Resistance training improves cardiovascular fitness
I have never been a fan of the term "cardio." Personally, I find too many people get their mind stuck with generalizing terms such as "resistance training" and "cardio." The common belief is that resistance training, aka, lifting weights, makes muscles large and bulky and "cardio" is long, drawn-out exercise in which you move your body in a way to get your heart rate up as high as possible for either intervals of time (interval training), or an extended period of time (running, swimming, cycling). In actuality, the lines between various forms of exercise are far less defined.
I have written about this very topic in the past, focusing on the idea that, for whatever reason, "cardiovascular exercise" is believed to be superior for burning body fat. This is simply not true at all.
So, I believe there are two main reasons why individuals use "cardiovascular exercise" (in its most common believed forms - interval training or steady state).
- A belief that periods of high heart rate (i.e. interval training), or steady state heart rate (i.e. distance running/swimming/cycling) are superior for weight/fat loss. Although these types of training can be effective for losing weight/body fat, they should by no means be considered superior to an effective resistance training program.
- A belief that periods of high heart rate (i.e. interval training), or steady state heart rate (i.e. distance running/swimming/cycling) are superior for training for cardiovascular health.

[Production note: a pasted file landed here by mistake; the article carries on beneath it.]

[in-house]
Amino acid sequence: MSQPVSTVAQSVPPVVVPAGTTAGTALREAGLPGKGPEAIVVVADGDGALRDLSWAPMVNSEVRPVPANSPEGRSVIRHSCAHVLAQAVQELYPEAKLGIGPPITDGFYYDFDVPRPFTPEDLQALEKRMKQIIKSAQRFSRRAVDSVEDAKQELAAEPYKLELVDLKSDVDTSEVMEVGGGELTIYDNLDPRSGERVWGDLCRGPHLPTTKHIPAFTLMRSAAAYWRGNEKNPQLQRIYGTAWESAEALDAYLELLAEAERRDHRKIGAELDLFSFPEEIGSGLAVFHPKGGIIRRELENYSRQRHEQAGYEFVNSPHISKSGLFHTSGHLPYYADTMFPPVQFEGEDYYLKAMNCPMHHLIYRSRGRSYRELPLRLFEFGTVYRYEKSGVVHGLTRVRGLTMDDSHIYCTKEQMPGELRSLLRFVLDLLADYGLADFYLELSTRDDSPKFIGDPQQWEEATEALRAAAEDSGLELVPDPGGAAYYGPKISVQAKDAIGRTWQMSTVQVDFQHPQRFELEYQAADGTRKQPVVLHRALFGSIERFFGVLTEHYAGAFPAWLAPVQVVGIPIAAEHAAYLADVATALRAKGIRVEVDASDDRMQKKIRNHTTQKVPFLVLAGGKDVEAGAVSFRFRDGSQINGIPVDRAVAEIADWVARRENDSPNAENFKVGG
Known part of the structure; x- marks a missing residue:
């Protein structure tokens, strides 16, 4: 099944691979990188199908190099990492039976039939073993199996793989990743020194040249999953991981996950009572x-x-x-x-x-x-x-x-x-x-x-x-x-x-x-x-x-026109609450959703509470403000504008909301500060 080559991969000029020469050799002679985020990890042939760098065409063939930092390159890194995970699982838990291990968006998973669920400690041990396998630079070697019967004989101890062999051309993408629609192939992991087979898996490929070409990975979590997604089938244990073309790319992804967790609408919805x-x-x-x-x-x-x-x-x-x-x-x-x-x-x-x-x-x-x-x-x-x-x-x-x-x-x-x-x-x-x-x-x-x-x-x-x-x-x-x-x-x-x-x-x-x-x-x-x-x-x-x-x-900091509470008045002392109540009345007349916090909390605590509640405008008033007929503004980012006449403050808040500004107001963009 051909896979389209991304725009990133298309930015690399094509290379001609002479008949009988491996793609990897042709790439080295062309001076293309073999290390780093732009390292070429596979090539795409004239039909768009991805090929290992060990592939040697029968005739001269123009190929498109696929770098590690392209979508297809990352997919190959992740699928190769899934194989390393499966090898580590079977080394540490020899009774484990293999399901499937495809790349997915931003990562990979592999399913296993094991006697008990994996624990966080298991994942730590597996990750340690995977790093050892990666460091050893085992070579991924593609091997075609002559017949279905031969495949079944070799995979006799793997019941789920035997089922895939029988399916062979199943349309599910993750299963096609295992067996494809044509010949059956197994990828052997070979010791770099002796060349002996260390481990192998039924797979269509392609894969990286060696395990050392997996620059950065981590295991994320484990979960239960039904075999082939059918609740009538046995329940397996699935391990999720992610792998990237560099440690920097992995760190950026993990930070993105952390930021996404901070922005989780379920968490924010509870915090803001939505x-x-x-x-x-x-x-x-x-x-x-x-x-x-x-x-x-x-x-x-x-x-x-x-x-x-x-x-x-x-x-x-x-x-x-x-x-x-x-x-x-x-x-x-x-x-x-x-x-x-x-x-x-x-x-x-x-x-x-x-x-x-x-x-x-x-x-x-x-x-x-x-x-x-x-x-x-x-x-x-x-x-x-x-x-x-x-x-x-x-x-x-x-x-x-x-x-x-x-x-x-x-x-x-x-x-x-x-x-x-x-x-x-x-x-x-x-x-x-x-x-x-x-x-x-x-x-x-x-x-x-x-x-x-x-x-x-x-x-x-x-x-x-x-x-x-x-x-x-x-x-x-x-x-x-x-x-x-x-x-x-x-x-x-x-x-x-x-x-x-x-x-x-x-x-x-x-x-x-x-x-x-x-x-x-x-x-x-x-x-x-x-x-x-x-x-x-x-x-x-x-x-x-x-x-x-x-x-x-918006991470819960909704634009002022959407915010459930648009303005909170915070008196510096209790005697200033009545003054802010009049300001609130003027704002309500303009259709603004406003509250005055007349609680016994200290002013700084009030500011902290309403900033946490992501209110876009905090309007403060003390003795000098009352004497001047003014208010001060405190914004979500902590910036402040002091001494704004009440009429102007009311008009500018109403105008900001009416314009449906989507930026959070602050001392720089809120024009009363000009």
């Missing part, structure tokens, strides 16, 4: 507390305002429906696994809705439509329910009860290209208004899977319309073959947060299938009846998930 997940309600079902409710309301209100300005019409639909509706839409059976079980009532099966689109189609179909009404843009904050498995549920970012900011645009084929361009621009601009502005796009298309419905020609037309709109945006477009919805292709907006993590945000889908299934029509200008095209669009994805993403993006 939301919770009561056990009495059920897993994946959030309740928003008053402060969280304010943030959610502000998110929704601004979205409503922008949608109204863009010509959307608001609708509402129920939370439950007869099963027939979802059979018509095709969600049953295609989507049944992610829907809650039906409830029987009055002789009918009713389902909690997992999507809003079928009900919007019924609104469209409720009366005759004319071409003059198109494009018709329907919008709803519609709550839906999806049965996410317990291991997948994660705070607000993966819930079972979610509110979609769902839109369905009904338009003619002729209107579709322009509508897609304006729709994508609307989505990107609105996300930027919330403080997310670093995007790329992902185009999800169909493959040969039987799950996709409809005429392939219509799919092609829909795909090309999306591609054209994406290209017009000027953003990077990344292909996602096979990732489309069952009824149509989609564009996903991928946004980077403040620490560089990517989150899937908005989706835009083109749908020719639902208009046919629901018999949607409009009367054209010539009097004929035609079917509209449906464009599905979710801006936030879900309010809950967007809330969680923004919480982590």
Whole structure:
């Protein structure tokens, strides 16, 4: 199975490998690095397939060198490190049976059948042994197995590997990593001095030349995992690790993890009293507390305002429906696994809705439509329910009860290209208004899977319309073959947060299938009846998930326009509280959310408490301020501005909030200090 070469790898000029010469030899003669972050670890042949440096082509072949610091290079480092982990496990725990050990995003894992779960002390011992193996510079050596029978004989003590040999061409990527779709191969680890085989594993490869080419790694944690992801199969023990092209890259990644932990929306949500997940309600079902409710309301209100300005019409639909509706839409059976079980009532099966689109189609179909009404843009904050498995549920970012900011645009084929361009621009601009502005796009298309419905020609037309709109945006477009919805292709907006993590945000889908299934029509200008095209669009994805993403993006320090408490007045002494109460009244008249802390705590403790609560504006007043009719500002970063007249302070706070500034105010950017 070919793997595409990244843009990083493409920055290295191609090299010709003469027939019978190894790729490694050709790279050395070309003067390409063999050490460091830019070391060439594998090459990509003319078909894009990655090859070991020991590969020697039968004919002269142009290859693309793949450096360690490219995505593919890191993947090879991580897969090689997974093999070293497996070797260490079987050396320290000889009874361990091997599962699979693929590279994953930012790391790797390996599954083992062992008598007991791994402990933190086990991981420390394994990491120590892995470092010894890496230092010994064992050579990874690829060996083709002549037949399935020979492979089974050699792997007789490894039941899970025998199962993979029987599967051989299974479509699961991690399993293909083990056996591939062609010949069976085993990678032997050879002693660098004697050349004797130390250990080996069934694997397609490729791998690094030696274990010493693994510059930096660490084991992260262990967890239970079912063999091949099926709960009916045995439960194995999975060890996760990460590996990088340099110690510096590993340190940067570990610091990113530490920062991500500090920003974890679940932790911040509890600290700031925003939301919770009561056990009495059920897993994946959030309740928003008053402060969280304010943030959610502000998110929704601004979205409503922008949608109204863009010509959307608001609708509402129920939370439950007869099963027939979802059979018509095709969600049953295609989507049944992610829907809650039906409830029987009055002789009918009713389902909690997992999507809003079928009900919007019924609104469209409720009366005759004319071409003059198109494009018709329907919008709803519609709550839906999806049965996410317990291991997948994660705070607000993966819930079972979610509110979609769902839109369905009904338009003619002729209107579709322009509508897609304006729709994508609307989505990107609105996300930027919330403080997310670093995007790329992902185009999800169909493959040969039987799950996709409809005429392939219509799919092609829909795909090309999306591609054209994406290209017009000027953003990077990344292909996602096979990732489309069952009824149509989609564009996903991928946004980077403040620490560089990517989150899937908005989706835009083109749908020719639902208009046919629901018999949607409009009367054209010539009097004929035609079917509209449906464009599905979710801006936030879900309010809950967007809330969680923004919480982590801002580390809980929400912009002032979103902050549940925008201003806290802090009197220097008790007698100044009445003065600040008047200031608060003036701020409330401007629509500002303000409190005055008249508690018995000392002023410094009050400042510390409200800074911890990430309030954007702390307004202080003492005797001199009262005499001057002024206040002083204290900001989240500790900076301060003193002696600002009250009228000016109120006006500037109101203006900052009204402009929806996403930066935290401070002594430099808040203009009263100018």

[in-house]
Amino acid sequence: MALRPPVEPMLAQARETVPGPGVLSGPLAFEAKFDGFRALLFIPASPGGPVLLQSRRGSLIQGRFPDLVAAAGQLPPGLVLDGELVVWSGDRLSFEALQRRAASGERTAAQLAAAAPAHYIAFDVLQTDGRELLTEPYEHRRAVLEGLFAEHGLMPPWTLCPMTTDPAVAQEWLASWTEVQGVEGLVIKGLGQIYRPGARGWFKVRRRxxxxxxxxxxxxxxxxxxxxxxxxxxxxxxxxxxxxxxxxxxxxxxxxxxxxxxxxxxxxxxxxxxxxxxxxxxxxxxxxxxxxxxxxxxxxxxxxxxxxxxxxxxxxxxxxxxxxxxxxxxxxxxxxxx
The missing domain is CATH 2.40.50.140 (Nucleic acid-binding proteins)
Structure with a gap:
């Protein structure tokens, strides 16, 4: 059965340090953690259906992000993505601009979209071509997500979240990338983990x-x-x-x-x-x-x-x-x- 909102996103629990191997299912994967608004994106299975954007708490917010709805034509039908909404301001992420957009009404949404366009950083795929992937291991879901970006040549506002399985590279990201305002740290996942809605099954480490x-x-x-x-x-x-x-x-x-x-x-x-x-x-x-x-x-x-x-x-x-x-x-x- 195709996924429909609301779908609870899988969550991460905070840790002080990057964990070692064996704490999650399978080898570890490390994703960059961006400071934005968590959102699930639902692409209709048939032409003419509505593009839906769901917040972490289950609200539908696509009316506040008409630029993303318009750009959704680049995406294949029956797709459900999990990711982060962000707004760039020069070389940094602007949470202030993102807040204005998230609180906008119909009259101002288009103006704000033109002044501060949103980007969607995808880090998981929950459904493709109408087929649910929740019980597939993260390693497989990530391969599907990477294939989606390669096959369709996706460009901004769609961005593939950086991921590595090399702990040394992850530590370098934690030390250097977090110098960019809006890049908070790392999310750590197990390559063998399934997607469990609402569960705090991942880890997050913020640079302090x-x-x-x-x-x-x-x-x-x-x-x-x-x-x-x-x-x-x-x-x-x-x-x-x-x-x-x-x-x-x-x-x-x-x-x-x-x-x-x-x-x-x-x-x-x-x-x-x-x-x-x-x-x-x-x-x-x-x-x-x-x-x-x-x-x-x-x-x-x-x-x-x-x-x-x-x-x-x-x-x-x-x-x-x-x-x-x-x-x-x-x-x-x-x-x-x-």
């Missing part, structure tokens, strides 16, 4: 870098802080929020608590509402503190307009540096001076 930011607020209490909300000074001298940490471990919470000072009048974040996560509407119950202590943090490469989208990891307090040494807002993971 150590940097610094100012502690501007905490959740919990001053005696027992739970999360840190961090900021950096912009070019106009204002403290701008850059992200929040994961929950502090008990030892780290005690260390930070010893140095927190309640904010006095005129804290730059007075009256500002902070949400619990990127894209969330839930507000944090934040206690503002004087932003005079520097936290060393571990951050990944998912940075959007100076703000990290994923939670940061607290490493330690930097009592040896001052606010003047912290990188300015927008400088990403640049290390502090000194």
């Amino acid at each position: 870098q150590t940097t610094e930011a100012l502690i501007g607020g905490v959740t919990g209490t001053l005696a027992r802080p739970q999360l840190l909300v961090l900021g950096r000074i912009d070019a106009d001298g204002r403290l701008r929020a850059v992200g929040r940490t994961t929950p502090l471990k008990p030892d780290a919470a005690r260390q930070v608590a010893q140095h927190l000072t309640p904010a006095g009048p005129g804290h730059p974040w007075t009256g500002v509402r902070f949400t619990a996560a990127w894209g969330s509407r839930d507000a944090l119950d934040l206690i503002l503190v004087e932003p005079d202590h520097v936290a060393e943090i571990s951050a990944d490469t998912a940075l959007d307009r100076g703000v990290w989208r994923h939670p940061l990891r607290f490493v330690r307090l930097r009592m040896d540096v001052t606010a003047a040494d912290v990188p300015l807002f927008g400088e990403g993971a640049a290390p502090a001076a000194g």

A recently-released research study examined the topic mentioned in #2. You would think that to improve the health of your cardiovascular system, that you would need to increase your heart rate to high levels by means of running, jumping, swimming, sprinting, or cycling, right? Well, not so fast.
The results of chronic physiological adaptations demonstrate that resistance training to momentary muscular failure produces a number of physiological adaptations, which may facilitate the observed improvements in cardiovascular fitness. The adaptations may include an increase in mitochondrial enzymes, mitochondrial proliferation, phenotypic conversion from type IIx towards type IIa muscle fibers, and vascular remodeling (including capillarization). Resistance training to momentary muscular failure causes sufficient acute stimuli to produce chronic physiological adaptations that enhance cardiovascular fitness. This review appears to be the first to present this conclusion and, therefore, it may help stimulate a changing paradigm addressing the misnomer of ‘cardiovascular’ exercise as being determined by modality.
Remember, the human body responds to stresses placed upon it by adapting in very specific ways. What I would consider "standard" views on cardiovascular fitness (running, cycling, swimming) for extended periods of time, or in short bursts of intense effort (interval training) can be a very effective way of improving cardiovascular fitness. However, it is not the only way.